Ascochyta rosae Tibpromma, Camporesi & K.D. Hyde, in Tibpromma et al., Fungal Diversity 83: 74 (2017)
Index Fungorum number: 552694; Facesofungi number: FoF 2774
Etymology: Named after the host family (Rosaceae).
Holotype: MFLU 14-0723
Saprobic on dead branch of Rubus ulmifolia Sexual morph: Ascomata 398–451 µm high × 364–398 µm diam. (x̄ = 446 × 380 µm, n = 5), immersed, solitary, or in small groups, uniloculate, globose, conspicuous at the surface, dull black, without hairs, long ostiolate. Peridium 16–29 µm wide, comprising 4–5 layers of reddish-brown cells of textura angularis. Hamathecium comprising 0.8–2.3 µm wide, dense, septate, unbranched, pseudoparaphyses. Asci 48–74 × 7–9 µm (x̄ = 58 × 8 µm, n = 25), 8-spored, bitunicate, fissitunicate, cylindrical, with short, club-shaped pedicel. Ascospores 13–17 × 3–5 µm (x̄ = 16 × 4.5 µm, n = 20), overlapping 1–2-seriate, fusiform, hyaline, 2-celled, 1-septate in the centre, deeply constricted at the septum, enlarged at the second cell, conical at the ends, with large guttules and with appendages at the ends. Asexual morph: Produced on sterilized bamboo pieces with pine needles on water agar. Coelomycetous. Conidiomata 68–105 × 77–98 µm, pycnidial, yellow orange to black, globose, covered by dense vegetative hyphae, uniloculate, solitary to scattered. Conidiophores reduced to conidiogenous cells. Conidiogenous cells 5.3–8.6 9 3.2–5.1 µm (x̄ = 6.6 × 3.9 µm, n = 20), holoblastic, annelidic, globose to oblong, hyaline, and formed from the inner layer of pycnidium wall. Conidia 3.2–4.4 × 1.2–1.8 µm (x̄ = 3.7 × 1.5 µm, n = 40), cylindrical, rounded at both ends, sometimes slightly curved, aseptate, hyaline, guttulate.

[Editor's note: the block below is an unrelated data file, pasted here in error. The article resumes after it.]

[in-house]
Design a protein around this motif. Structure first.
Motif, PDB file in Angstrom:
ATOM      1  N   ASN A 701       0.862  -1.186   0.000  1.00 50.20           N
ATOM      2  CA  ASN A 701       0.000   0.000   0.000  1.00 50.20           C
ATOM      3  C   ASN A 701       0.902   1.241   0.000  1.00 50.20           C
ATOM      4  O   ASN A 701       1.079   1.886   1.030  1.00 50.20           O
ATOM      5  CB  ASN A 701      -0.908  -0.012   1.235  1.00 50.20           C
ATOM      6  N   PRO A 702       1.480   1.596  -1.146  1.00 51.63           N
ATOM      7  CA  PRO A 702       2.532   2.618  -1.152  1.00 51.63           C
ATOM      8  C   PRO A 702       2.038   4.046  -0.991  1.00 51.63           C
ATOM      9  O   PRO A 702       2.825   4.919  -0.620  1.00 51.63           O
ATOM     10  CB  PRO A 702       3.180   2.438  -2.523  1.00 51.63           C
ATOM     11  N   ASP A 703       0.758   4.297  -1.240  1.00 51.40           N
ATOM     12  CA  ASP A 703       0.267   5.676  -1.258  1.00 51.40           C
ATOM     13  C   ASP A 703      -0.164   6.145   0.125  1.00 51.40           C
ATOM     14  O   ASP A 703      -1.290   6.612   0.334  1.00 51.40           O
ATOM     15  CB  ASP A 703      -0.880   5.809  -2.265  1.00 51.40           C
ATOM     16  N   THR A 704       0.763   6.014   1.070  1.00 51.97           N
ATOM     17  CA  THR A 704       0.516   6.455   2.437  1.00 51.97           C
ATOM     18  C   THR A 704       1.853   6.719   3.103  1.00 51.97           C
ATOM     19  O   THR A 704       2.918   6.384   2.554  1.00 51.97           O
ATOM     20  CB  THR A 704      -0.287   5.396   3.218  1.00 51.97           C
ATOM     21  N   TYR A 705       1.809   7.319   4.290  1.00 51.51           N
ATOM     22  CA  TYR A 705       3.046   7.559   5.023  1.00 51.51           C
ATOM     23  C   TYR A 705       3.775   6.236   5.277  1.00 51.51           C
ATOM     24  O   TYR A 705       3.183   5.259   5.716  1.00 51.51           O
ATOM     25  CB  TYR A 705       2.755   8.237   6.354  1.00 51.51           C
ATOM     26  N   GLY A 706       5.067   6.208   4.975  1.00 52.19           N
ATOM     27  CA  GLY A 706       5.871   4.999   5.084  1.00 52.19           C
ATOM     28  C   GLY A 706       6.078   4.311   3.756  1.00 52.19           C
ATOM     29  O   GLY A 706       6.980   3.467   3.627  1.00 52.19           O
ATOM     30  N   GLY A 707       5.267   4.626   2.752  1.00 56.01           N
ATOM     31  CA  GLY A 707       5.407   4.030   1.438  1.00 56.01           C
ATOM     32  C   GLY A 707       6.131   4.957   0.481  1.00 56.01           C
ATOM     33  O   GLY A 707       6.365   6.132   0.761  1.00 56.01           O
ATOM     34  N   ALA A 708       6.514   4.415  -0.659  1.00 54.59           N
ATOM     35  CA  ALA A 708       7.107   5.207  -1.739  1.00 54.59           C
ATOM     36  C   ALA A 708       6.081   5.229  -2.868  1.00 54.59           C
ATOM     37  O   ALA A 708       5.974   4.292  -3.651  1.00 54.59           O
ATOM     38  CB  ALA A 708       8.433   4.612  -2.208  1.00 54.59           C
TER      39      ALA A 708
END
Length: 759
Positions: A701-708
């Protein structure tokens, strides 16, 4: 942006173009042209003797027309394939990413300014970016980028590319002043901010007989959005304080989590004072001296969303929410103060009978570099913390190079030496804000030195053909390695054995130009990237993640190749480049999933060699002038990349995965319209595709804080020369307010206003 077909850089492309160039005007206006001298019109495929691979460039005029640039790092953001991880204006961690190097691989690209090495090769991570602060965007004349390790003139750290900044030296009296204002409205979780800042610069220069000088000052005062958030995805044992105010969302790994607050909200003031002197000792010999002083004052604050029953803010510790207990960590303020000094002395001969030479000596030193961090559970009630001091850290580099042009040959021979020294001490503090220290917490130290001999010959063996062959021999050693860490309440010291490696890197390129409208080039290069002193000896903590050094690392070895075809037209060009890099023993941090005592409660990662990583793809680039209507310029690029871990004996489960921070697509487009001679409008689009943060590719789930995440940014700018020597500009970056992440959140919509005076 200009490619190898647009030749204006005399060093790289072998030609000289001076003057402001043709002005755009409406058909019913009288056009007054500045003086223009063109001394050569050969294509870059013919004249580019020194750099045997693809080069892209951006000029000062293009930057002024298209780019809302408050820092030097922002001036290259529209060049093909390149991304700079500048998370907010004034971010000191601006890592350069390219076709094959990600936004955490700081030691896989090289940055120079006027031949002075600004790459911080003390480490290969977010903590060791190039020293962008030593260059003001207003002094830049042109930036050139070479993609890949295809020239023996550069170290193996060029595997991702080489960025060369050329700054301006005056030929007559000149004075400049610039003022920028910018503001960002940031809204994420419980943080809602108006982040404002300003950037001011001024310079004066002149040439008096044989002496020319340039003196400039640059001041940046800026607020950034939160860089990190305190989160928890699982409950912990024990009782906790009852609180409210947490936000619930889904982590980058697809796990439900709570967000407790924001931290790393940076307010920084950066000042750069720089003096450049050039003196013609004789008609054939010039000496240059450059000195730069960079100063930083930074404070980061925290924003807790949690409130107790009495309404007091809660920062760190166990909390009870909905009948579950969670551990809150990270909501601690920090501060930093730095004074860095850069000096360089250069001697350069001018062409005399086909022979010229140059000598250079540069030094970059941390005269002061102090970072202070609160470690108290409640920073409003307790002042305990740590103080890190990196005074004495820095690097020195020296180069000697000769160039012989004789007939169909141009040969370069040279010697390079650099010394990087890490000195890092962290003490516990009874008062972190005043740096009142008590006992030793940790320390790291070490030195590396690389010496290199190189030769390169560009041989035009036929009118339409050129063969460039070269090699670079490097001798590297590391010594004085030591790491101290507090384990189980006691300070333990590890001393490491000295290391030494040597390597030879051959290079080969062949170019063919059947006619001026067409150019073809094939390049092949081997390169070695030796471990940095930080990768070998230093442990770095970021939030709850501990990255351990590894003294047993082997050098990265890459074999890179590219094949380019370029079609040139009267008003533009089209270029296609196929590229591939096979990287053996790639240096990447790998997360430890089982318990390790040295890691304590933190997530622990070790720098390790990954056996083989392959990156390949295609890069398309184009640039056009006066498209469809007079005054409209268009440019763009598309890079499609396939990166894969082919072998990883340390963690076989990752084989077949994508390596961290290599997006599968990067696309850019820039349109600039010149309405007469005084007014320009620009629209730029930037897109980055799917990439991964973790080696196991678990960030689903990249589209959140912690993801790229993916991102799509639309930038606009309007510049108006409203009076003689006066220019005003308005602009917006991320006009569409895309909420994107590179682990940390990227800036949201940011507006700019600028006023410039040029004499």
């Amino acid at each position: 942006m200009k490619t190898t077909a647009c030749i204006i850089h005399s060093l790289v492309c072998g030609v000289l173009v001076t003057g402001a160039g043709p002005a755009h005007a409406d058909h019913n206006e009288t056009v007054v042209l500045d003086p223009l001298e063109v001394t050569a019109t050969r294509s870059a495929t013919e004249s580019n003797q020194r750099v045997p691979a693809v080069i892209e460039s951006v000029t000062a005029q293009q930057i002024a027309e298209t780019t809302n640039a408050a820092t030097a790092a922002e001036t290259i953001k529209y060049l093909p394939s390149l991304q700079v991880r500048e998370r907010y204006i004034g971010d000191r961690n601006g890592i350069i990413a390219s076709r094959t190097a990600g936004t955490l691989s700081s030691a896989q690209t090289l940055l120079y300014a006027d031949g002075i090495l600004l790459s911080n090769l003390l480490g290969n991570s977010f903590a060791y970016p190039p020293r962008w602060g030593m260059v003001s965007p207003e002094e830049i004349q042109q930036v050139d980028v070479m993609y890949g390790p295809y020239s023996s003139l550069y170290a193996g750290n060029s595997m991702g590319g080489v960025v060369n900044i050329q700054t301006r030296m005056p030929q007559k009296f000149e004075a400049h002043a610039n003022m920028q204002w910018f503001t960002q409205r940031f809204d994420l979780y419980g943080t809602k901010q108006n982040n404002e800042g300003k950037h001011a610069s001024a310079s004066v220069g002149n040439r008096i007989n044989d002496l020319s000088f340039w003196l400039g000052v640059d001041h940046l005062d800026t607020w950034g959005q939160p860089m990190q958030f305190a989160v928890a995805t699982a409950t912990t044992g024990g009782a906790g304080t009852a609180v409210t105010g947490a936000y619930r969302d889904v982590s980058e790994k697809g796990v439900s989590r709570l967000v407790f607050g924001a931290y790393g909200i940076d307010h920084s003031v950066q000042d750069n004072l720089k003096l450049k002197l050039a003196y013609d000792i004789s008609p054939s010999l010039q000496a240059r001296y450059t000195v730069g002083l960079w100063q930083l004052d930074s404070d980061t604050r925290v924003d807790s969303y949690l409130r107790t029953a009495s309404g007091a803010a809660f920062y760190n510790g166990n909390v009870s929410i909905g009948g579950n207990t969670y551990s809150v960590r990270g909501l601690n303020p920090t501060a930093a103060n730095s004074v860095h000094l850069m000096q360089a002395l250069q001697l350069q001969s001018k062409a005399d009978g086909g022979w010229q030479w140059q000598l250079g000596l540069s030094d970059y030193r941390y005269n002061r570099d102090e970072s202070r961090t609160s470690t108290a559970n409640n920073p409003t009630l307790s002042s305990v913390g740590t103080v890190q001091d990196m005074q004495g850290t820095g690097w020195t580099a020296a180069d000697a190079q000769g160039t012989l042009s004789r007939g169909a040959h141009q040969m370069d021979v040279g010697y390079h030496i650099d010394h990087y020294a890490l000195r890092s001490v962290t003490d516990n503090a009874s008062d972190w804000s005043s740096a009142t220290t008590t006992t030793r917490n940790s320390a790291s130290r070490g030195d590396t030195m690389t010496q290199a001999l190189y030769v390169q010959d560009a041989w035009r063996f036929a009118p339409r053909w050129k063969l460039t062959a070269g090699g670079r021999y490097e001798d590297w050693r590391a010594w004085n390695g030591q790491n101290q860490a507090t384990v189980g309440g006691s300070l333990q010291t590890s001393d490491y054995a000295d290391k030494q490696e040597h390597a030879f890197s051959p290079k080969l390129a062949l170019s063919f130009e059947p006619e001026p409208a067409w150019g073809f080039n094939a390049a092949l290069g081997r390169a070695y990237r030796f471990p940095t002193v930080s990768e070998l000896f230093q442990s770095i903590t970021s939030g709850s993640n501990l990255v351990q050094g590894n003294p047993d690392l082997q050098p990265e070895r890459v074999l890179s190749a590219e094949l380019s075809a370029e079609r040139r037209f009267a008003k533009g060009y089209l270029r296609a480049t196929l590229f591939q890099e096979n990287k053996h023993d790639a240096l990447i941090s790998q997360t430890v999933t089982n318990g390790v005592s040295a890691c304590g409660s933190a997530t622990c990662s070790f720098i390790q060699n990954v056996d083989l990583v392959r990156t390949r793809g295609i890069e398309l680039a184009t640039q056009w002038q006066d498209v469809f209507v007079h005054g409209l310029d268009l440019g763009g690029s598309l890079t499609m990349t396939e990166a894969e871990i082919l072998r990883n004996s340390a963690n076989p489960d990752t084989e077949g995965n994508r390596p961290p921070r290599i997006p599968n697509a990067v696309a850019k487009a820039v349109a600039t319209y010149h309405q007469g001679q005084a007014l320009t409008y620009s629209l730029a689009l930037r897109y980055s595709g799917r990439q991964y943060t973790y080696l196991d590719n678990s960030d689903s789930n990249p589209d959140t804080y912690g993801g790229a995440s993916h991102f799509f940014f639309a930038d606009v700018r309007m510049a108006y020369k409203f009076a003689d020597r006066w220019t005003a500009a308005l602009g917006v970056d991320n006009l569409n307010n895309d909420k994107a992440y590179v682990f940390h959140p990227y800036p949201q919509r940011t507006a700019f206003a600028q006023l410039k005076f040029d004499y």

Material examined: ITALY, Galeata Province, near Strada San Zeno, on dead branch of Rubus ulmifolia (Rosaceae), 19 June 2014, Erio Camporesi, IT1946 (MFLU 14-0723, holotype); ex-type living culture MFLUCC 15-0063. (HKAS 94596bis, paratype).
GenBank Numbers: LSU: KY496731, ITS: KY496751, SSU: KY501119, RPB2: KY514409
Note: Ascochyta rosae is introduced with both sexual and asexual morphs (Tibpromma et al. 2017).